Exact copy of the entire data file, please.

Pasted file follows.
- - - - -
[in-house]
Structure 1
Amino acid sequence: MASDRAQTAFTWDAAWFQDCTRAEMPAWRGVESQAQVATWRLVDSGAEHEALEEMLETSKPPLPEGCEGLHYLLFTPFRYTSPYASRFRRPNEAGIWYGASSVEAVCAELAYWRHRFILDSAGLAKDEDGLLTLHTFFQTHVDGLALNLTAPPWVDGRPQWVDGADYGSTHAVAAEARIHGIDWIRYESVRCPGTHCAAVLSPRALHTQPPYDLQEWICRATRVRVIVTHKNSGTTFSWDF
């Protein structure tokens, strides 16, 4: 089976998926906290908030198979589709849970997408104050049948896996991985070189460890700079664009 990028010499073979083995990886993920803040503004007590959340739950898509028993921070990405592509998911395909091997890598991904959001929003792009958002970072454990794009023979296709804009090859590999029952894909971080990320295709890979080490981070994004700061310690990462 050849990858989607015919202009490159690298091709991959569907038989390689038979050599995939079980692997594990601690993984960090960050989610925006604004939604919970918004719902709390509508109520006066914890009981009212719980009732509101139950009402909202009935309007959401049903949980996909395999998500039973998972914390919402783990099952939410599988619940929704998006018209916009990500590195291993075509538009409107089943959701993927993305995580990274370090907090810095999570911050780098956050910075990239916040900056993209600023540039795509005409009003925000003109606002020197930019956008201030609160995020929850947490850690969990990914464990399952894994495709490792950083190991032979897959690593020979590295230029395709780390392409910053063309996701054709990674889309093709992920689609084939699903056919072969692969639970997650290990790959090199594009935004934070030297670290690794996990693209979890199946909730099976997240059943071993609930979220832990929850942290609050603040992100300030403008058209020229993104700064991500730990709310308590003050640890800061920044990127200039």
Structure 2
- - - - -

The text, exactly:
[in-house]
Structure 1
Amino acid sequence: MASDRAQTAFTWDAAWFQDCTRAEMPAWRGVESQAQVATWRLVDSGAEHEALEEMLETSKPPLPEGCEGLHYLLFTPFRYTSPYASRFRRPNEAGIWYGASSVEAVCAELAYWRHRFILDSAGLAKDEDGLLTLHTFFQTHVDGLALNLTAPPWVDGRPQWVDGADYGSTHAVAAEARIHGIDWIRYESVRCPGTHCAAVLSPRALHTQPPYDLQEWICRATRVRVIVTHKNSGTTFSWDF
């Protein structure tokens, strides 16, 4: 089976998926906290908030198979589709849970997408104050049948896996991985070189460890700079664009 990028010499073979083995990886993920803040503004007590959340739950898509028993921070990405592509998911395909091997890598991904959001929003792009958002970072454990794009023979296709804009090859590999029952894909971080990320295709890979080490981070994004700061310690990462 050849990858989607015919202009490159690298091709991959569907038989390689038979050599995939079980692997594990601690993984960090960050989610925006604004939604919970918004719902709390509508109520006066914890009981009212719980009732509101139950009402909202009935309007959401049903949980996909395999998500039973998972914390919402783990099952939410599988619940929704998006018209916009990500590195291993075509538009409107089943959701993927993305995580990274370090907090810095999570911050780098956050910075990239916040900056993209600023540039795509005409009003925000003109606002020197930019956008201030609160995020929850947490850690969990990914464990399952894994495709490792950083190991032979897959690593020979590295230029395709780390392409910053063309996701054709990674889309093709992920689609084939699903056919072969692969639970997650290990790959090199594009935004934070030297670290690794996990693209979890199946909730099976997240059943071993609930979220832990929850942290609050603040992100300030403008058209020229993104700064991500730990709310308590003050640890800061920044990127200039």
Structure 2